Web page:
With the majority of the country landlocked, a German beach holiday is typically confined to lakeside getaways or riverfront swimming pools, but those staying in Berlin can also make the most of the rugged Baltic coastline, just 2.5hrs north of the capital. Visiting Rugen Island from Berlin has been a popular pastime for city dwellers since the late 19th century, drawing iconic figures like Bismarck, Thomas Mann and Albert Einstein over the years, and with its dramatic chalk cliffs, miles of shaded woodlands and pristine white sand beaches, it offers a tranquil alternative to urban life.
The German capital has a habit of transforming abandoned structures into unique tourist attractions, and today, curious visitors can not only tour the eerie Spreepark, Berlin’s abandoned amusement park, but they can also climb to the top of the Teufelsberg, or ‘Devil’s Hill’ as it is ominously nicknamed, home to a one-time Allied listening post.
With hundreds of cinemas ranging from gigantic multiplexes to tiny independent movie theaters, and the host of one of the world’s top film festivals, film buffs have plenty to get excited about in Berlin, and as the weather heats up, cinema-goers can make the most of the city’s alfresco movie screenings. Whether munching popcorn from a deckchair or cuddling up on a picnic blanket beneath the stars, what better way to enjoy the balmy summer evenings, than catching a flick at one of the many open-air summer cinemas in Berlin?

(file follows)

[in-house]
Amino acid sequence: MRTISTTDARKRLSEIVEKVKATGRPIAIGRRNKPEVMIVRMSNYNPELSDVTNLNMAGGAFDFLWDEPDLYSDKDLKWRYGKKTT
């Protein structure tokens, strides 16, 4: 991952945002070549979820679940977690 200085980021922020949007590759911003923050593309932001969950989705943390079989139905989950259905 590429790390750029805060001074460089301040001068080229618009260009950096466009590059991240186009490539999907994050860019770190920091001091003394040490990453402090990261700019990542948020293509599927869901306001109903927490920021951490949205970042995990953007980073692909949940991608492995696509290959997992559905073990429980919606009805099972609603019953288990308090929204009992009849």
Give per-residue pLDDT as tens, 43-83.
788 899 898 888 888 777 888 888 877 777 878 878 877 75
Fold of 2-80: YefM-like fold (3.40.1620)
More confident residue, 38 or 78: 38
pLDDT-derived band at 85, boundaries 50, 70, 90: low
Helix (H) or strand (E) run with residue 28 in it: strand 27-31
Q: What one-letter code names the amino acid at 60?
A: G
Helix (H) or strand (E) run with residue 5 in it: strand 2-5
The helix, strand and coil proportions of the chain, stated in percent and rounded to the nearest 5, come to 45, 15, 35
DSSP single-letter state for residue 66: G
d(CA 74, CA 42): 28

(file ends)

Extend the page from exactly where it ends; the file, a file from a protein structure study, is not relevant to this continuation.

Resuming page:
With its rickety wooden roller coaster overgrown with weeds, the looming Ferris Wheel peeling with paint and once-spinning teacups now hidden among the trees, the Spreepark, Berlin’s abandoned amusement park, is equally eerie and fascinating, and has fast become one of the capital’s most unique (and bizarre) tourist attractions.
Walking around the cultural center of Berlin’s Museum Island, it’s impossible to miss the striking futuristic façade of the Humboldt box, one of the city’s most recent landmarks. The design of architectural visionaries Krüger Schuberth Vandreike, Berlin’s Humboldt Box was erected in 2011 to mark the site of the future Humboldt Forum, an extravagant reconstruction of the Prussian city palace that once stood on the site.
With its beautifully restored Orangery and series of manicured gardens, few venues are as magnificent as the opulent Charlottenburg Palace, the largest and grandest of Berlin’s Royal Palaces. Constructed throughout the 17th and 18th centuries, the palace was first built as a summer residence for its namesake, Prussian Queen Sophie Charlotte, and features an impressive array of rococo and baroque style rooms, alongside the elaborate tombs of the Hohenzollern family. Touring the palace and grounds is a popular activity for visitors to Berlin, but the most atmospheric way to enjoy the stately residence is by seeing a concert at the Charlottenburg Palace.